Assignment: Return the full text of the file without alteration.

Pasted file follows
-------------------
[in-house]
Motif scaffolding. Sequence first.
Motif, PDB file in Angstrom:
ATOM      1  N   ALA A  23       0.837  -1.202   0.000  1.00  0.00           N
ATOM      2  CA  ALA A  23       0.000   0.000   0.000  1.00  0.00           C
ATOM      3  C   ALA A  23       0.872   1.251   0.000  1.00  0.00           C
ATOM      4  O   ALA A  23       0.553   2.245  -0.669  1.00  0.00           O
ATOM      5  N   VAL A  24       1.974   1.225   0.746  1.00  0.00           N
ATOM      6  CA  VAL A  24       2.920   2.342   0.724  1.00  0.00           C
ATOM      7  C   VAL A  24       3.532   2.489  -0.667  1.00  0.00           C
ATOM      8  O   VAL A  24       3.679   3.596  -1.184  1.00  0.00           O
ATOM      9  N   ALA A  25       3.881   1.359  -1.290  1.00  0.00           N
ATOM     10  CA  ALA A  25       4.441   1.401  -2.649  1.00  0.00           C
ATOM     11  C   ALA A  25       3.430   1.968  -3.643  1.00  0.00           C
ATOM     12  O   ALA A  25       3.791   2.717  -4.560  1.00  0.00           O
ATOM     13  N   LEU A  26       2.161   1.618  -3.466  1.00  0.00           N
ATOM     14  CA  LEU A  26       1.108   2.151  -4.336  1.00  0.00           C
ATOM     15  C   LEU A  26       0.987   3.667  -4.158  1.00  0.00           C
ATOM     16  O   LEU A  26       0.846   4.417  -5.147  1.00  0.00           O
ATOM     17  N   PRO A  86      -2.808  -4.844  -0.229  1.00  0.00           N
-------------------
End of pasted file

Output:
[in-house]
Motif scaffolding. Sequence first.
Motif, PDB file in Angstrom:
ATOM      1  N   ALA A  23       0.837  -1.202   0.000  1.00  0.00           N
ATOM      2  CA  ALA A  23       0.000   0.000   0.000  1.00  0.00           C
ATOM      3  C   ALA A  23       0.872   1.251   0.000  1.00  0.00           C
ATOM      4  O   ALA A  23       0.553   2.245  -0.669  1.00  0.00           O
ATOM      5  N   VAL A  24       1.974   1.225   0.746  1.00  0.00           N
ATOM      6  CA  VAL A  24       2.920   2.342   0.724  1.00  0.00           C
ATOM      7  C   VAL A  24       3.532   2.489  -0.667  1.00  0.00           C
ATOM      8  O   VAL A  24       3.679   3.596  -1.184  1.00  0.00           O
ATOM      9  N   ALA A  25       3.881   1.359  -1.290  1.00  0.00           N
ATOM     10  CA  ALA A  25       4.441   1.401  -2.649  1.00  0.00           C
ATOM     11  C   ALA A  25       3.430   1.968  -3.643  1.00  0.00           C
ATOM     12  O   ALA A  25       3.791   2.717  -4.560  1.00  0.00           O
ATOM     13  N   LEU A  26       2.161   1.618  -3.466  1.00  0.00           N
ATOM     14  CA  LEU A  26       1.108   2.151  -4.336  1.00  0.00           C
ATOM     15  C   LEU A  26       0.987   3.667  -4.158  1.00  0.00           C
ATOM     16  O   LEU A  26       0.846   4.417  -5.147  1.00  0.00           O
ATOM     17  N   PRO A  86      -2.808  -4.844  -0.229  1.00  0.00           N